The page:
There is a diamond snowball effect occurring in the jewelry auction market this season. There are five, big fancy colored or white diamonds going on the block this fall. We are going to look at two. Christie’s is offering “The Orange” (see below) on November 12th, in Geneva and Sotheby’s is offering the remaining four diamonds. Two went on the block this past Monday, October 7th, in Hong Kong. One was the 118 carat, D, Flawless,Type IIa* oval diamond and the other was the 7.59 carat round brilliant fancy vivid blue diamond. The 118 carat diamond which was the size of an egg, went for $30.6 million and set a world record. The fancy blue diamond did not sell as it failed to meet it’s reserve.
The remaining two diamonds will be up for sale in Sotheby’s monumental Magnificent Jewels sale also in Geneva on November 13th. The 59.60 carat, oval shaped “Pink Star” diamond is expected to shatter all kinds of records. Last but not least, Sotheby’s just announced that it will also offer the historic and iconic, “Walska Briolette Diamond” Brooch, created by Van Cleef & Arpels in 1971, at the same Magnificent Jewels sale in Geneva this November. We will talk about the “Walska Briolette Diamond” Brooch in another blog.
These tremendous diamonds being offered at auction suggest an enormous strength in the market for large white and colored diamonds.
The diamond know simply as “The Orange” will be on the block at Christie’s, in Geneva on November 12th, with buyers expected to pay as much as $20 million for the stone.
The 14.82 carat, VS1 clarity, pear shaped diamond is the largest fancy vivid orange diamond ever to appear at auction and, according to Christie’s, is “by far” the largest fancy vivid orange diamond in the world. Alan Bronstein, a consultant in colored diamonds, has said “as far as orange diamonds go, it has no peer, it’s unpredictable what a diamond like that can go for. We are entering uncharted waters”. Pure orange diamonds, which gemologist Edwin Streeter called “fire diamonds” in his 1882 book ” The Great Diamonds of the World,” are exceptionally rare in nature.
According to the Gemological Institute of America, strongly colored diamonds in the orange hue range are rarely bigger than three or four carats once polished.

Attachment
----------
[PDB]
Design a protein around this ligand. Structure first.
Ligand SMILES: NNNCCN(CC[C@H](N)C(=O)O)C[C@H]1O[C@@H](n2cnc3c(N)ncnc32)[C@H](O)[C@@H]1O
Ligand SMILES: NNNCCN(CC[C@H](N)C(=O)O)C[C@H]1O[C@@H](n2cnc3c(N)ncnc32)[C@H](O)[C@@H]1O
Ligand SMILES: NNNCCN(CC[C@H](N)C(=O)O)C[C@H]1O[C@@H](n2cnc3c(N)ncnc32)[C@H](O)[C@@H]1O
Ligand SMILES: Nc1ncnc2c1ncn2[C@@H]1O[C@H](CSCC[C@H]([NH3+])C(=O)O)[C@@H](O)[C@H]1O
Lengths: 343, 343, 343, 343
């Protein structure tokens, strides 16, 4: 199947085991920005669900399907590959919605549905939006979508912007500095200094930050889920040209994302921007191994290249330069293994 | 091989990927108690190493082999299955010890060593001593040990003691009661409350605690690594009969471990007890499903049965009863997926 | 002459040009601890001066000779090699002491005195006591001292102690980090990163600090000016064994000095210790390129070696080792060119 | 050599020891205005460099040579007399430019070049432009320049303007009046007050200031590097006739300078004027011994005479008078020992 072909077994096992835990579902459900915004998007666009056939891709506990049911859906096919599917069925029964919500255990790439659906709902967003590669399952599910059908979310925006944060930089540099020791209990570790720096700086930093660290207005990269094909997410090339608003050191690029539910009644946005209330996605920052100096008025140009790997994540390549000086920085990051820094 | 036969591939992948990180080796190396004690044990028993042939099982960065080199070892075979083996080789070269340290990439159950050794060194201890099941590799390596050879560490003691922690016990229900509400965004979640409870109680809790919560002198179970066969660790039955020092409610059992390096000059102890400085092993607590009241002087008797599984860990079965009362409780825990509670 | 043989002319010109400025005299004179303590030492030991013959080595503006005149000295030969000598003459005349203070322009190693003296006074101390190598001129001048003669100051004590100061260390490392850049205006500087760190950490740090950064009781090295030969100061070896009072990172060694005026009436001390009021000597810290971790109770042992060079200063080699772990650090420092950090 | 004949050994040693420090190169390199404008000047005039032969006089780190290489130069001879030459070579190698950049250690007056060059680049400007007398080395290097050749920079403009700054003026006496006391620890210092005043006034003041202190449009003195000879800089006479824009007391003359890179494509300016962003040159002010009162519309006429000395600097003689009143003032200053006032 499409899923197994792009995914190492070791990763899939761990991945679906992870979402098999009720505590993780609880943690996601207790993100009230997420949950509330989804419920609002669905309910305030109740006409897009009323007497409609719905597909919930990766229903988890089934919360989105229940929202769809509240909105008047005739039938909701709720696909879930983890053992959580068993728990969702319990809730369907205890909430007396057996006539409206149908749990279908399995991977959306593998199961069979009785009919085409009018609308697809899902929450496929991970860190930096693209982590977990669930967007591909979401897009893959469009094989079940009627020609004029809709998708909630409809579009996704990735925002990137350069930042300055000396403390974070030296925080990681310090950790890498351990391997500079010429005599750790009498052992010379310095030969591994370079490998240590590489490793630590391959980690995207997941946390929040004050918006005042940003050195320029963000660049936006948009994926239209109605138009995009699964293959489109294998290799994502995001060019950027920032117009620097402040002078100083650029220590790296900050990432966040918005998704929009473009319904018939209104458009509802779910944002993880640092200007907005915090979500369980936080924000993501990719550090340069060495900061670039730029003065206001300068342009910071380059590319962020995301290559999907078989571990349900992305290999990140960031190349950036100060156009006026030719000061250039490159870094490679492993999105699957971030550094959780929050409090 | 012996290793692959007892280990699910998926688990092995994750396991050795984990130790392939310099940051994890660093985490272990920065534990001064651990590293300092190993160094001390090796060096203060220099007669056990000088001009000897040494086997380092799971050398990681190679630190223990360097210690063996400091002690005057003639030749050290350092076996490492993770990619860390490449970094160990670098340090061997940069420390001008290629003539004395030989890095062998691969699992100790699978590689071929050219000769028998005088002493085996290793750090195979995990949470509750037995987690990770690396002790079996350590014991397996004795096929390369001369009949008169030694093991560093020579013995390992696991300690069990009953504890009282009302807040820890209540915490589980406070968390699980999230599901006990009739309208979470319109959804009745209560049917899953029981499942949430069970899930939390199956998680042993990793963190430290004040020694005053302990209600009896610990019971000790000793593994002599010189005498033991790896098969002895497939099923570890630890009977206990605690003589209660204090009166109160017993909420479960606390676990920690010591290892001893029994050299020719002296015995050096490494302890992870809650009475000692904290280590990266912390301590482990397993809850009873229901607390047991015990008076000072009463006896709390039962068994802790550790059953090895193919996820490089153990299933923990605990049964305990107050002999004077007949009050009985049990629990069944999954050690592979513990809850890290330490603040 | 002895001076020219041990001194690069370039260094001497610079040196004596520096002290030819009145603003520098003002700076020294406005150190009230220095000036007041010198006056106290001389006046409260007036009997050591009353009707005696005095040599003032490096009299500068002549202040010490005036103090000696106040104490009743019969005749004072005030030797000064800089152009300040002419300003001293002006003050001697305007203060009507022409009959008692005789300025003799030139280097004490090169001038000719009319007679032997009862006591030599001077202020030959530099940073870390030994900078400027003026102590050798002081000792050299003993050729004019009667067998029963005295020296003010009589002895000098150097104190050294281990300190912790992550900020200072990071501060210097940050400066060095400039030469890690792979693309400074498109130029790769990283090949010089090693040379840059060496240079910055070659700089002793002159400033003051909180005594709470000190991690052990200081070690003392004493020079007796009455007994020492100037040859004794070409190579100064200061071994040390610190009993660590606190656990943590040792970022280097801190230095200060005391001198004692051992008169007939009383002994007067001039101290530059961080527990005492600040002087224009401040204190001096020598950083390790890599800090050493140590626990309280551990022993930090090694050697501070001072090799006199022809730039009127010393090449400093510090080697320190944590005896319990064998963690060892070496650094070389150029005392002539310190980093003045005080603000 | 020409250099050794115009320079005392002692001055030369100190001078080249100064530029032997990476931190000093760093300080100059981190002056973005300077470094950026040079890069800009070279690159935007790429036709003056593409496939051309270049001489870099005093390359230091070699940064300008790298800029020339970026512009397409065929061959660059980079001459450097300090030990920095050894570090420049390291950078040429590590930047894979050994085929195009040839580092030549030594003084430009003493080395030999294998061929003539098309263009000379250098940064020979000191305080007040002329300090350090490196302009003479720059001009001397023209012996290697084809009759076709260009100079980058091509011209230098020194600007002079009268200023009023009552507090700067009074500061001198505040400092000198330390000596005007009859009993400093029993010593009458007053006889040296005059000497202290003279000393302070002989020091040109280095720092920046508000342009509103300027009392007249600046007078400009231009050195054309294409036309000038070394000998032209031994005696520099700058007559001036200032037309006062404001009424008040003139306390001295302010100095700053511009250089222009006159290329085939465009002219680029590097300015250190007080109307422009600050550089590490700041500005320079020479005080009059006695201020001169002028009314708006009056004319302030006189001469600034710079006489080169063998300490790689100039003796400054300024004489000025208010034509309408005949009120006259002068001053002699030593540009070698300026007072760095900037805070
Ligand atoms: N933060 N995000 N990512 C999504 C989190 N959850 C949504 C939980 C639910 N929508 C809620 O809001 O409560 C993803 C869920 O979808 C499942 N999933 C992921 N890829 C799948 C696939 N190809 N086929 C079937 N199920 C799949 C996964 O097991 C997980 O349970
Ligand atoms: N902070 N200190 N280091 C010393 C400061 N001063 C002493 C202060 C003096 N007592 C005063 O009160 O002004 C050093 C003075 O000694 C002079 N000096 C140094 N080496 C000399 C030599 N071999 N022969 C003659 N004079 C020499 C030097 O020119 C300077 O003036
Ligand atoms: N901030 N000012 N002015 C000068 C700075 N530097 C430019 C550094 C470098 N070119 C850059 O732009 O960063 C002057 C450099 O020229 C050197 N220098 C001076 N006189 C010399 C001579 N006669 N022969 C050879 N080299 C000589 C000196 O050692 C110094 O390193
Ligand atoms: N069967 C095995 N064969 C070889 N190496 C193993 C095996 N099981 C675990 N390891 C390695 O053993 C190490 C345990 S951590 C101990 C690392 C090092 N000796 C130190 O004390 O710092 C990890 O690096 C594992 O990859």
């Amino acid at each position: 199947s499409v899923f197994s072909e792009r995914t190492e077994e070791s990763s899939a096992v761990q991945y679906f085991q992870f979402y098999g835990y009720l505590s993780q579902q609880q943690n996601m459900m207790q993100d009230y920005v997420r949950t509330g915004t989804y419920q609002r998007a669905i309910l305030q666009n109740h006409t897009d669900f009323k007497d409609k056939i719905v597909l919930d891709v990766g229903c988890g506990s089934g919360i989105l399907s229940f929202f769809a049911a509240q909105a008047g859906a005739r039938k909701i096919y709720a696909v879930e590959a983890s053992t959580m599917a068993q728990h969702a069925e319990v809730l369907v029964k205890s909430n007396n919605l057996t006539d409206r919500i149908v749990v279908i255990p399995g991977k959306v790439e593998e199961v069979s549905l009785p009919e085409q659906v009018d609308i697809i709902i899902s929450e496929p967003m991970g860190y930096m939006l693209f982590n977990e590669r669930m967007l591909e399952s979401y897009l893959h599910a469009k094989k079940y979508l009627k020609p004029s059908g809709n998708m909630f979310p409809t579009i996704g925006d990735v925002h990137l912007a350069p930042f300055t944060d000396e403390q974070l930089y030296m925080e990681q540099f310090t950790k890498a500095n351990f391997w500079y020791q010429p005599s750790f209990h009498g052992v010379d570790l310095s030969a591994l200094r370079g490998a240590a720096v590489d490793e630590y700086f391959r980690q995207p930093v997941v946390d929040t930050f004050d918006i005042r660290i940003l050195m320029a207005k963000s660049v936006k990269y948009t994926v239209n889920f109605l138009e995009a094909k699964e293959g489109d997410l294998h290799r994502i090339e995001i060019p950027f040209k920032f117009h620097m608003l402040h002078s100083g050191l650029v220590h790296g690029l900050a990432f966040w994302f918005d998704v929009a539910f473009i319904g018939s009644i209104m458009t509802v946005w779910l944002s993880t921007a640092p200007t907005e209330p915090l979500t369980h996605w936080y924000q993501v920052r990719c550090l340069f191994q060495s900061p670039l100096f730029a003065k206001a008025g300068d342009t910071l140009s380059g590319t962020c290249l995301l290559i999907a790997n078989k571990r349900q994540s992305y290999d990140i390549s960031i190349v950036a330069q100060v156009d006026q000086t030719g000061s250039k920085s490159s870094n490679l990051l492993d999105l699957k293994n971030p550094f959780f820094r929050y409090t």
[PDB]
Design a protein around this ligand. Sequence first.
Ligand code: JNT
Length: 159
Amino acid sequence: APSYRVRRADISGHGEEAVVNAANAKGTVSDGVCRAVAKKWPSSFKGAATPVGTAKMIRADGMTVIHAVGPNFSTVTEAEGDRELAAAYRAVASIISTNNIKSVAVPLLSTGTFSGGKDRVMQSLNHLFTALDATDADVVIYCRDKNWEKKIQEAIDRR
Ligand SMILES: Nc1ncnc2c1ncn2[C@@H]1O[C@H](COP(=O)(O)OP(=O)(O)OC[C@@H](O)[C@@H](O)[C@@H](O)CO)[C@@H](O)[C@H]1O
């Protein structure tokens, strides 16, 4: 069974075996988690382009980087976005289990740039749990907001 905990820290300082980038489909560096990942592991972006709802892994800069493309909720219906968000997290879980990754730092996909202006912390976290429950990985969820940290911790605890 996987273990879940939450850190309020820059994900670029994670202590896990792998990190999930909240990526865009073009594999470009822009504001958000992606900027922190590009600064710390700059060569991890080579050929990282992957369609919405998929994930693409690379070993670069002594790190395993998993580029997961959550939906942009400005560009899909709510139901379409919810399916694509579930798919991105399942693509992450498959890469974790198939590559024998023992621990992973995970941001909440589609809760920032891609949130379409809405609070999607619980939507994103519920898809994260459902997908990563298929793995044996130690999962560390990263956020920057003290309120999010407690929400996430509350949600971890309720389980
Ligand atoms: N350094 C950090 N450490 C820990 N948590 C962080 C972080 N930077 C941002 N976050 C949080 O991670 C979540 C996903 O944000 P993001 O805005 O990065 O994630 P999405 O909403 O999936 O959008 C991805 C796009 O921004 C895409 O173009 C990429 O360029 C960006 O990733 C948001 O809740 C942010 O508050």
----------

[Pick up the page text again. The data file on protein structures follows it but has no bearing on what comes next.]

“The Orange” is more than four times that size and is more than twice the size of the very few fancy vivid orange diamonds ever sold at auction, the largest of which was smaller than 6 carats. Known as “The Pumpkin Diamond,” it weighed 5.54 carats and sold for $1.3 million at Sotheby’s in 1997.
“The Orange,” the largest fancy vivid orange diamond in the world is VS1 in clarity and weighs 14.82 carats, photo courtesy of Christie’s.
Sotheby’s is offering the 59.60 carat, oval shaped “Pink Star” diamond at its Magnificent Jewels sale in November. Estimated to fetch in excess of $60 million, the “Pink Star” is the largest internally flawless fancy vivid pink diamond ever graded by the Gemological Institute of American (GIA). This historic stone joins the rare subgroup of Type IIa* diamonds, which comprise less than 2% of all gem diamonds.
The “Pink Star” a 59.60 carat, oval cut, internally flawless, Type IIa, fancy vivid pink diamond. Photo courtesy of Sotheby’s
The Pink Star, photo courtesy of Sotheby’s.
The finished stone, at 59.60 carats, was whittled down from the 132.5 carat rough diamond mined by De Beers in Africa in 1999. Two years of meticulous cutting and polishing by Steinmetz Diamonds has produced a stunning stone ripe for the record books. Like other great pink diamonds in history, such as the “Hortense”, the “Darya-iNur” and the “Agra”, the “Pink Star” has certainly earned its spot among the world’s rarest and most celebrated pink diamonds.
Commenting on the forthcoming sale of the “Pink Star”, David Bennett, Chairman of Sotheby’s Jewelry Division in Europe and the Middle East and Chairman of Sotheby’s Switzerland said: “I have had the privilege of examining some of the greatest gemstones in the world over the past 35 years, and I can say without hesitation, that the “Pink Star” diamond is of immense importance”.
*Type IIa diamonds contain so little nitrogen that it is not readily detected using infrared or ultraviolet absorption methods. Type IIa diamonds make up 1-2% of all natural diamonds (1.8% of gem diamonds). These diamonds are almost or entirely devoid of impurities and consequently are usually colorless and have the highest thermal conductivity. They are very transparent in ultraviolet, down to 230 nm. Occasionally, while Type IIa diamonds are being extruded towards the surface of the earth, the pressure and tension can cause structural anomalies arising through plastic deformation during the growth of the tetrahedral crystal structure, leading to imperfections. These imperfections can confer a yellow, brown, orange, pink, red or purple color to the gem. Type IIa diamonds constitute a great percentage of Australian production. Many large famous diamonds such as the “Cullinan” and the “Kohinoor”, are Type IIa.
I love diamonds!